When you cook a lot, you feel this pressure to always bring something homemade and fabulous. Showing up with just wine is better than bringing a store-bought cake. And when there’s a party, well, it’s just another excuse to test recipes on people.

The lone egg

The lone egg

There was only one egg left in the pantry, and the supermarket (half a block away) was too much of a bother. I decided to let the pantry inspire me, to come up with something unexpected. With springtime imminent, I thought of the bright flavors of the orange blossom water hiding in the back of the garde-manger, of the lavender flowers I bought years ago to make a delicious cocktail, of the violette liquer in the liquor cabinet.

Lavender flowers, orang blossom water

Lavender flowers, orang blossom water

The internet revealed a plethora of options, and I used this one to loosely base my experiment: One Egg Lemon Pound Cake. Most friends thought it was delicious, but one with a particularly keen palate asked me discreetly: “Are you sure this is fully cooked?” “It only has one egg,” I smiled, glad that somebody was there to keep me in check. The verdict: delicious, but a bit dense. Try for yourself!

Lavender flowers

Lavender flowers

Lavender Orange Blossom Cake

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Grandma Joyce’s Christmas Bread

Every family has taste traditions around different holidays they celebrate together. Be it a particular aunt’s potato salad that always made it to a summer picnic, or even your mom’s awful overcooked, over-buttered green beans that no one ever said anything about at Thanksgiving – but for those who grew up celebrating Christmas, there is almost always an annual sweet treat kids and grownups alike look forward to when the days are at their shortest (speaking from the Northern hemisphere, of course.)

My family couldn’t possibly have imagined Christmas without our Grandmother Joyce’s Christmas Bread. It’s sort of like challah bread, sort of like Finnish pullah – but if you try to call it anything else to my cousins, aunts, and uncles – we don’t want to hear about it. Christmas Bread is just Christmas Bread.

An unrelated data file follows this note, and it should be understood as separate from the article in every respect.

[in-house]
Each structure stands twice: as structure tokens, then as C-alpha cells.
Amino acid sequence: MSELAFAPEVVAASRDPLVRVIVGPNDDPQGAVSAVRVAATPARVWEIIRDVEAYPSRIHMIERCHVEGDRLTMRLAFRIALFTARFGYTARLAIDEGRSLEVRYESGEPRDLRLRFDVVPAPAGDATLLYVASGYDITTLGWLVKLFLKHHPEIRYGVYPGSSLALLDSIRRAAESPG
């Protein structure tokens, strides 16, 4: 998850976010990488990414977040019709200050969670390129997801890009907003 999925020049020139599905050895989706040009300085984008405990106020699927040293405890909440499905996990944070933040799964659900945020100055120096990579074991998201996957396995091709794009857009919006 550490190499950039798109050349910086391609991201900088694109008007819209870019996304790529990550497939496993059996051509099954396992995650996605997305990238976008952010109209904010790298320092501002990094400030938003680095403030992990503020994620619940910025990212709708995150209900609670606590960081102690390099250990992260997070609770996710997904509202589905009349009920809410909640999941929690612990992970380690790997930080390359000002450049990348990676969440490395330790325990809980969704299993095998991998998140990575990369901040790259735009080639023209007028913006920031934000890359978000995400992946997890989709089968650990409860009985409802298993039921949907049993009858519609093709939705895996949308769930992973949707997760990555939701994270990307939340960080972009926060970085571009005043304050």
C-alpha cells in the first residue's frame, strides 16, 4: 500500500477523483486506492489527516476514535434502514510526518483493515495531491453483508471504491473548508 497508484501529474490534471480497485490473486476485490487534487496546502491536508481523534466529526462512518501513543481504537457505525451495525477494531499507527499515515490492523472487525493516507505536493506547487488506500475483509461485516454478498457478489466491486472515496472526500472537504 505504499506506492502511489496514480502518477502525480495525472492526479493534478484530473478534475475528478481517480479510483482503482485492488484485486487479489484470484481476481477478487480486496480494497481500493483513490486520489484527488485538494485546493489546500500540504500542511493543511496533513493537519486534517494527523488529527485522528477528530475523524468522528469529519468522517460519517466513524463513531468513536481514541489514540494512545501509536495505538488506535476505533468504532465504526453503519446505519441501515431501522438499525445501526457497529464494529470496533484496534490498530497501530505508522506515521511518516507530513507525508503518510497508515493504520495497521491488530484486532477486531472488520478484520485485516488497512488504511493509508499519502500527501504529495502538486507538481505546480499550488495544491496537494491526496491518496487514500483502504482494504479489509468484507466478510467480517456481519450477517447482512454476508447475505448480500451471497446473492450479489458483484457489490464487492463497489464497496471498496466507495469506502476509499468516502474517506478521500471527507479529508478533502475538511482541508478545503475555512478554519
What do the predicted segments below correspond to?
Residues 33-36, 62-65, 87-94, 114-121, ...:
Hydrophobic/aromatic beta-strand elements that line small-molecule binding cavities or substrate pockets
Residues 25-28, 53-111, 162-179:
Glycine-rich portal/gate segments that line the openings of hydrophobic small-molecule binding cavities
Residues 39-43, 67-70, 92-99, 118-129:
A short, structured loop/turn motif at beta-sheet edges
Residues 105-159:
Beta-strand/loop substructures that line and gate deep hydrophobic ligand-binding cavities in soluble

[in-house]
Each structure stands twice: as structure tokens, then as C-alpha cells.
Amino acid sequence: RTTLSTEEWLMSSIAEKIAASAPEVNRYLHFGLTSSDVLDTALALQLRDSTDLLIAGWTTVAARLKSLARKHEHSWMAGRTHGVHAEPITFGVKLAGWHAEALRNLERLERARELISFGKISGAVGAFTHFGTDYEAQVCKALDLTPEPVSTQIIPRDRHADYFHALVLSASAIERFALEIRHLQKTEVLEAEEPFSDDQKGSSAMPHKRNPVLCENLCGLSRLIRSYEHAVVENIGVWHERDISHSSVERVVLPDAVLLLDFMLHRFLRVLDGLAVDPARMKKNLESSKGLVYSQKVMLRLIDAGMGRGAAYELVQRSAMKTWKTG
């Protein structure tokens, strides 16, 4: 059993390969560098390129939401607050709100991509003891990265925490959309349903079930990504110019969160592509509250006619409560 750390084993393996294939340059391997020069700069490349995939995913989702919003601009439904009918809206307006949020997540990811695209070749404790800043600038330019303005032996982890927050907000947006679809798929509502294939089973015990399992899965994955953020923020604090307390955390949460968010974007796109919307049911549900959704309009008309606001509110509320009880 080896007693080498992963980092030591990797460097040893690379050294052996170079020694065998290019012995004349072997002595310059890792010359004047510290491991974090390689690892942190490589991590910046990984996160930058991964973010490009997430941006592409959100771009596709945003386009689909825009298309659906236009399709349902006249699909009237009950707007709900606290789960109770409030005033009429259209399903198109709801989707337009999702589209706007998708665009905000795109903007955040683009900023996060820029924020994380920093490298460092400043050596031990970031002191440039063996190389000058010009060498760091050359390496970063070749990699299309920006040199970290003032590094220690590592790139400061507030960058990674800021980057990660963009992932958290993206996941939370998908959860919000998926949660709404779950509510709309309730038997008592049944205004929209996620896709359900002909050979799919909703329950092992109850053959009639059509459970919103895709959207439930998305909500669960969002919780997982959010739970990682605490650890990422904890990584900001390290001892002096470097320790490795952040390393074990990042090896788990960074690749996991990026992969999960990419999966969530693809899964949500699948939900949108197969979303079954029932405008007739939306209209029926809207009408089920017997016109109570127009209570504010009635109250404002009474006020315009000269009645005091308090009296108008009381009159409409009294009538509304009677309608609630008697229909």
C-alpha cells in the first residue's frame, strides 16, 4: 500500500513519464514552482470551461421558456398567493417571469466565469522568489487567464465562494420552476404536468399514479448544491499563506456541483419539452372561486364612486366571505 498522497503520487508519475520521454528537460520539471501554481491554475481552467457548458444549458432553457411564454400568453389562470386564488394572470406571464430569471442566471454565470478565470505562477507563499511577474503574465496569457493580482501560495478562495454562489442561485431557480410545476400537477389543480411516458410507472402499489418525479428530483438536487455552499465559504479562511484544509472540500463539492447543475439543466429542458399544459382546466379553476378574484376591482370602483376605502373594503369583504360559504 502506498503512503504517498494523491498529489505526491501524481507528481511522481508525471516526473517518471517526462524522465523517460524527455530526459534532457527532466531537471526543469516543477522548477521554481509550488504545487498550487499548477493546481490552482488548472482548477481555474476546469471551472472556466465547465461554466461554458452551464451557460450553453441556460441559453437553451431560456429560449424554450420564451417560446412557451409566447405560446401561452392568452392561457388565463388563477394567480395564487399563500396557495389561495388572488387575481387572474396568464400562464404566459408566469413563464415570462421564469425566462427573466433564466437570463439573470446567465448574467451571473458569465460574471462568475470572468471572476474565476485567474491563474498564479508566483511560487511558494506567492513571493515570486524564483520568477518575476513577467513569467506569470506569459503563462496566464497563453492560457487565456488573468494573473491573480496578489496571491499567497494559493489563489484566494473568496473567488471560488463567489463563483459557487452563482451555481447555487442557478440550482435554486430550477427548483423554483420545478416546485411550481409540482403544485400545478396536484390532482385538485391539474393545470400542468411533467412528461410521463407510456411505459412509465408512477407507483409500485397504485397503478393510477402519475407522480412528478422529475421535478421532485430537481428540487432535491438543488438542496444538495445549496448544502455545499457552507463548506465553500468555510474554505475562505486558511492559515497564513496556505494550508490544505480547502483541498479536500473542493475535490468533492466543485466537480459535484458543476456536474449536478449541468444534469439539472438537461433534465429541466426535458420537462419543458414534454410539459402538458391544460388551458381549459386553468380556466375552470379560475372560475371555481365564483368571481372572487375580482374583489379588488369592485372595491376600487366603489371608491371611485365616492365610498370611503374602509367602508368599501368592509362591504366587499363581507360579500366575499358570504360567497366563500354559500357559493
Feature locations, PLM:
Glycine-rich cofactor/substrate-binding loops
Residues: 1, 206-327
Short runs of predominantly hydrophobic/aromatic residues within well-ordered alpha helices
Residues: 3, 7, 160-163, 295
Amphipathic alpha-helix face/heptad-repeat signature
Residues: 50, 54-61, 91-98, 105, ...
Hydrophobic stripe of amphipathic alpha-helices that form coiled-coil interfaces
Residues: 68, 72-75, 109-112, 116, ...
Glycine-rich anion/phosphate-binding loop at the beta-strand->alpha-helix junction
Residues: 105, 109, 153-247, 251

Like snow that had fallen on the bread, she’d decorate the soft buttery loaves with a simple white icing. The chopped red and green candied cherries on top were like little elves’ sleds skiing down the slopes of the buttery braided bread. The bright red, white, and green holiday colors always showed through the wax paper bags that she packed them in, folded and sealed with care with a name tag for each family.

At the peak of her Christmas Bread baking career, Grandma Joyce would prepare over 25 loaves during the month of December. She’d photocopy her recipe and make a list on the back of all the people she planned on giving a loaf to. On the grease-stained and torn copy I have, the lists on the back are from 1991 and 1993.

Christmas Breads

Christmas Breads

The original recipe comes from a copy of Parade magazine from a December long gone – not sure which one – and Grandma modified it slightly over the years, I have modified it still.

I’ll be eating some tomorrow morning, as I always have on December 25, and as I always will.

Jen's Christmas Bread

Jen’s Christmas Bread

Grandma Joyce’s Christmas Bread

Makes three loaves